In the course of time, Konark along with its temples have lost their glories. The large structure of Konark Temple seen today is actually the Jagamohana (also known as Assembly hall, Audience hall or Mukhasala) of the temple. The main temple tower (also known as Deula or Garbha Griha or Vimana) which enshrined the presiding deity has fallen off and only the remains can be seen. It is very difficult to conclude as how long this temple stood in its full glory and the causes of its decay. However, there are many speculations on this. The exact date and reason for the fall of this magnificent monument is still in mystery. History is almost silent about it and scholars also differ in their opinions, but below evidence (a sketch by James Fergusson in 1847) shows that the main temple tower was partially standing in the 1800s.
Some of the speculations made for the possible cause of the fall of this magnificent temple are given below.
It is opined by some historians that, due to the early death of the king Langula Narasimha Dev, builder of the Konarak temple, the construction of the temple had been left in a haphazard state. As a result of this, the incomplete structure eventually collapsed. But this view is unsupported by historical data. The records of Madala Panji of Puri Jagannath temple, as well as from some copper plates dated 1278 A.D., state that the king Langula Narasimha Dev reigned till 1282. Many historians are of the opinion that the construction of the Konark temple was completed between 1253 and 1260 A.D. So the argument that the temple collapsed due to non-completion during construction is not tenable.
Legends describe a load stone on the top of the Sun temple. Due to its magnetic effects, vessels passing through the Konark sea were drawn to it, resulting in heavy damage. Other legends state that magnetic effects of the load stone disturbed ships' compasses so that they did not function correctly. To save their shipping, the Portuguese voyagers took away the load stone, which was acting as the central stone and keeping all the stones, and the iron columns used to hold them walls together, of the temple wall in balance. Due to its displacement, the temple walls lost their balance and eventually fell down. But there is no record of this occurrence in any historical records, nor is there any record of the existence of such a powerful load stone at Konark Temple.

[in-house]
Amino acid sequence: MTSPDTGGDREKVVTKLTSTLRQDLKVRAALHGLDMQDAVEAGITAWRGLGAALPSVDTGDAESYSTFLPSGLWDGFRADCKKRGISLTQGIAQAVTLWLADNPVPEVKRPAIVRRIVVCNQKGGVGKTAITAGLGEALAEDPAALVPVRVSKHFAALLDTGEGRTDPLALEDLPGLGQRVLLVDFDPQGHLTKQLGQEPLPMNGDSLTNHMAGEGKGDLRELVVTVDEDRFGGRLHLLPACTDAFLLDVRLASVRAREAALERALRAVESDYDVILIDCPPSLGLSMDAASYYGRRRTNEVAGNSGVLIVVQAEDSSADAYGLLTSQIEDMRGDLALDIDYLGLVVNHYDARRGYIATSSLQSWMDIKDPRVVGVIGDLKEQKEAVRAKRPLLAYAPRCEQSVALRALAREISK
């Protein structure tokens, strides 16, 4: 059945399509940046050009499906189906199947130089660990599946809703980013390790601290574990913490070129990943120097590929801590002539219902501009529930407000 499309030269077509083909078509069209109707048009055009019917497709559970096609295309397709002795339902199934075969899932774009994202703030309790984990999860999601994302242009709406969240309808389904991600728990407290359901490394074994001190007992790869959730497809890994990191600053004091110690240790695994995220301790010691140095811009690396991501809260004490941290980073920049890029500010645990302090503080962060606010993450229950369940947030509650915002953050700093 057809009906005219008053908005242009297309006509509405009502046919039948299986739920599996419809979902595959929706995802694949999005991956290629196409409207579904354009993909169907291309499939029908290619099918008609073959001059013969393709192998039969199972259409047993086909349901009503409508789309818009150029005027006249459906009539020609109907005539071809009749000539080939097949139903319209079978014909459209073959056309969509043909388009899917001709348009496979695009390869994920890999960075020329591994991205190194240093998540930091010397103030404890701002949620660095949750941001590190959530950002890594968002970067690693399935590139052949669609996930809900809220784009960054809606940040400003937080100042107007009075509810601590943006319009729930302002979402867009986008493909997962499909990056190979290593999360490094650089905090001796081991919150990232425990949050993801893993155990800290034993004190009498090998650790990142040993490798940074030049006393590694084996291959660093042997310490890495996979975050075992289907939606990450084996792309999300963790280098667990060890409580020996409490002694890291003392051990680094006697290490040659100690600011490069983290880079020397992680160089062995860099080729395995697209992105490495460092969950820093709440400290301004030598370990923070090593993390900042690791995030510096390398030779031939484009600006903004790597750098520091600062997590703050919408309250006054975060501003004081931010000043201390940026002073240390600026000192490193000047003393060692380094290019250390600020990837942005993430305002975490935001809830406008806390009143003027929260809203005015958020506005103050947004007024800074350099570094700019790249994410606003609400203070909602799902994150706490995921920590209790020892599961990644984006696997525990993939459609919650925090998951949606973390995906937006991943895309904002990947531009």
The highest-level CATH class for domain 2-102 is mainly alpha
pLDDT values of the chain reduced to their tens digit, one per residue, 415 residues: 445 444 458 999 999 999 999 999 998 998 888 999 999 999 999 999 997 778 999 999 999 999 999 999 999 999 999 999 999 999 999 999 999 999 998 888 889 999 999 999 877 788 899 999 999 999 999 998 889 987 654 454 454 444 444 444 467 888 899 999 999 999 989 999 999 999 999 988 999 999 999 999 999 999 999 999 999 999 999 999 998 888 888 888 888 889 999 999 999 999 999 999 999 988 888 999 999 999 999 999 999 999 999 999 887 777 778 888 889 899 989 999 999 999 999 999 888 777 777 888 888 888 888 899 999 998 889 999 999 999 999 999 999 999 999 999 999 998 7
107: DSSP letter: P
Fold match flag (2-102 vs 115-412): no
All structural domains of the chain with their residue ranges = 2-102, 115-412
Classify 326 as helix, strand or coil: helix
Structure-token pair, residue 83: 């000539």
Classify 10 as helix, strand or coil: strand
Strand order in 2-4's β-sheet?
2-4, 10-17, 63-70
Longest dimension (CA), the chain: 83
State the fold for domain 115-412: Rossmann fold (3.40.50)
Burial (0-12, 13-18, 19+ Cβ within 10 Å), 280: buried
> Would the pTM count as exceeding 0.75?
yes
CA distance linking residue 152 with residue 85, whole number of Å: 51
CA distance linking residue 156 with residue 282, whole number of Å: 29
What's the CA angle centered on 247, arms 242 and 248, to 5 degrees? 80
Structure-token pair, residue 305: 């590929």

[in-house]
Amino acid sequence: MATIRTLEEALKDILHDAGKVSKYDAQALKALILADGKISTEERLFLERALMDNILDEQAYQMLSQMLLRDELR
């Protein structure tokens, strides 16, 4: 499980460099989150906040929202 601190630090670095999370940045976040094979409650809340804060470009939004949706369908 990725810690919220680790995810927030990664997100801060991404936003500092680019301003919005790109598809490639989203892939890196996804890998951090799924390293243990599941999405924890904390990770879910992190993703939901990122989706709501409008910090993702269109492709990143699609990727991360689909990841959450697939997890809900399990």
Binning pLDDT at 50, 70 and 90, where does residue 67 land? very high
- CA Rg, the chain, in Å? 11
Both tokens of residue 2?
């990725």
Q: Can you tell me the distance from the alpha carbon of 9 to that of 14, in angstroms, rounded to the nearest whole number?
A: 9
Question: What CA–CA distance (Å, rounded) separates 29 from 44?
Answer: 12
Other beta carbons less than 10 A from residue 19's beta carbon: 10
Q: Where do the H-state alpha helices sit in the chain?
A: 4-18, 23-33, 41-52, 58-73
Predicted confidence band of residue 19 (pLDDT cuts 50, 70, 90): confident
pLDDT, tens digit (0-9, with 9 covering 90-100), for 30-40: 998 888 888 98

The most popular story about the root of the fall of Konark temple rests with the Kalapahada. According to the history of Orissa, Kalapahada invaded Orissa in 1508. He destroyed Konark temple, as well as a number of Hindu temples in Orissa. The Madala Panji of Puri Jagannath temple describes how Kalapahada attacked Orissa in 1568. Including Konark temple, he broke most of the images in most of the Hindu temples in Orissa. Though it was impossible to break the Sun temple of Konark, the stone walls of which are of 20 to 25 feet (7.6 m) thick, he somehow managed to displace the Dadhinauti (Arch stone) and thus made a way for the temple to collapse. He also broke most of the images and other side temples of Konark. Due to displacement of the Dadhinauti, the temple gradually collapsed and the roof of the Mukasala was also damaged, due to the stones falling down from the temple top.
Some scholars are of the view that due to earthquake the temple fell down. It is also not impossible on the part of a strong earthquake to demolish such a large structure at a moment. But there is no proof in support of occuring such an earth quake in this area. There is also no sign of suppression of the foundation of the temple at any direction. Had there been any such a strong earth quake causing the fall of the Sun temple, it could have also created a devastation in Konark area. And such an occurrence could have been remembered by the people as they have remembered the story of Dharmapada, Ramachandi and Bisu Maharana. Nowhere there exists such a devastating statement.
The arguments that the temple was affected due to Thunderstruck is also not acceptable. Since the temple walls are of 20 to 25 feet in thickness it is not at all possible on the part of any thunderstruck to disturb it in any manner.
Consequent upon, Orissa came under the Muslim administration in 1568 and there were constant attempts to destroy the Hindu temples. The Pandas of Puri, to save the sanctity of the Puri temple, took away the Lord Jagannath from the Srimandir and kept the image in a secret place. Similarly, it is said that the Pandas of Konark took away the presiding deity of the Sun temple out of the temple and put under sand for some years. Latter on the said image was removed to Puri and kept in the temple of Indra in the compound of the Puri Jagannath temple. According to others, the Puja image of the Konark temple is yet to be discovered. But others hold the view that the Sun image now kept in the National Museum, Delhi was the presiding deity of the Konark Sun temple.